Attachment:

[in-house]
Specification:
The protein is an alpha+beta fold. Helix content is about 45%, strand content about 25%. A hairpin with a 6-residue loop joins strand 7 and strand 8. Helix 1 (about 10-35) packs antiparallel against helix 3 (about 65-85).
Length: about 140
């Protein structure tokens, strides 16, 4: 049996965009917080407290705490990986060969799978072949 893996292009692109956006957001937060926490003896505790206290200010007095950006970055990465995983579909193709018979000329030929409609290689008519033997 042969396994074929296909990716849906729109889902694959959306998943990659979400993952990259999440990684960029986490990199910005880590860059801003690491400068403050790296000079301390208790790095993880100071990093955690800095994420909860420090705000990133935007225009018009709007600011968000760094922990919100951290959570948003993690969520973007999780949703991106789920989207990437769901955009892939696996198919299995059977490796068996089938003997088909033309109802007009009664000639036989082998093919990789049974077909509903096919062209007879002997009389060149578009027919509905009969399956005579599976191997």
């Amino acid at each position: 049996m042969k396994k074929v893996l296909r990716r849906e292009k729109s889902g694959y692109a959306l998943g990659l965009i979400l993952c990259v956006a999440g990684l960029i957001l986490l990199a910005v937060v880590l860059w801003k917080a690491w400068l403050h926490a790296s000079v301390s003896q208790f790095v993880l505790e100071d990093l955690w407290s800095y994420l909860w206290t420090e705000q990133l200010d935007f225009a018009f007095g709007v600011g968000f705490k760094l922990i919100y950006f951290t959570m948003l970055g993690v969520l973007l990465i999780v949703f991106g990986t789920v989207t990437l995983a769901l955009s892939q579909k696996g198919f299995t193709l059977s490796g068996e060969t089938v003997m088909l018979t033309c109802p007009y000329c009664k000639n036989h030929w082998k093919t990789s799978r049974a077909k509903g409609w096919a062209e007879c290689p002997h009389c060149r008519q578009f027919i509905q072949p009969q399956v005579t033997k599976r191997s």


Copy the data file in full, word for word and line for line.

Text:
[in-house]
Specification:
The protein is an alpha+beta fold. Helix content is about 45%, strand content about 25%. A hairpin with a 6-residue loop joins strand 7 and strand 8. Helix 1 (about 10-35) packs antiparallel against helix 3 (about 65-85).
Length: about 140
């Protein structure tokens, strides 16, 4: 049996965009917080407290705490990986060969799978072949 893996292009692109956006957001937060926490003896505790206290200010007095950006970055990465995983579909193709018979000329030929409609290689008519033997 042969396994074929296909990716849906729109889902694959959306998943990659979400993952990259999440990684960029986490990199910005880590860059801003690491400068403050790296000079301390208790790095993880100071990093955690800095994420909860420090705000990133935007225009018009709007600011968000760094922990919100951290959570948003993690969520973007999780949703991106789920989207990437769901955009892939696996198919299995059977490796068996089938003997088909033309109802007009009664000639036989082998093919990789049974077909509903096919062209007879002997009389060149578009027919509905009969399956005579599976191997």
């Amino acid at each position: 049996m042969k396994k074929v893996l296909r990716r849906e292009k729109s889902g694959y692109a959306l998943g990659l965009i979400l993952c990259v956006a999440g990684l960029i957001l986490l990199a910005v937060v880590l860059w801003k917080a690491w400068l403050h926490a790296s000079v301390s003896q208790f790095v993880l505790e100071d990093l955690w407290s800095y994420l909860w206290t420090e705000q990133l200010d935007f225009a018009f007095g709007v600011g968000f705490k760094l922990i919100y950006f951290t959570m948003l970055g993690v969520l973007l990465i999780v949703f991106g990986t789920v989207t990437l995983a769901l955009s892939q579909k696996g198919f299995t193709l059977s490796g068996e060969t089938v003997m088909l018979t033309c109802p007009y000329c009664k000639n036989h030929w082998k093919t990789s799978r049974a077909k509903g409609w096919a062209e007879c290689p002997h009389c060149r008519q578009f027919i509905q072949p009969q399956v005579t033997k599976r191997s």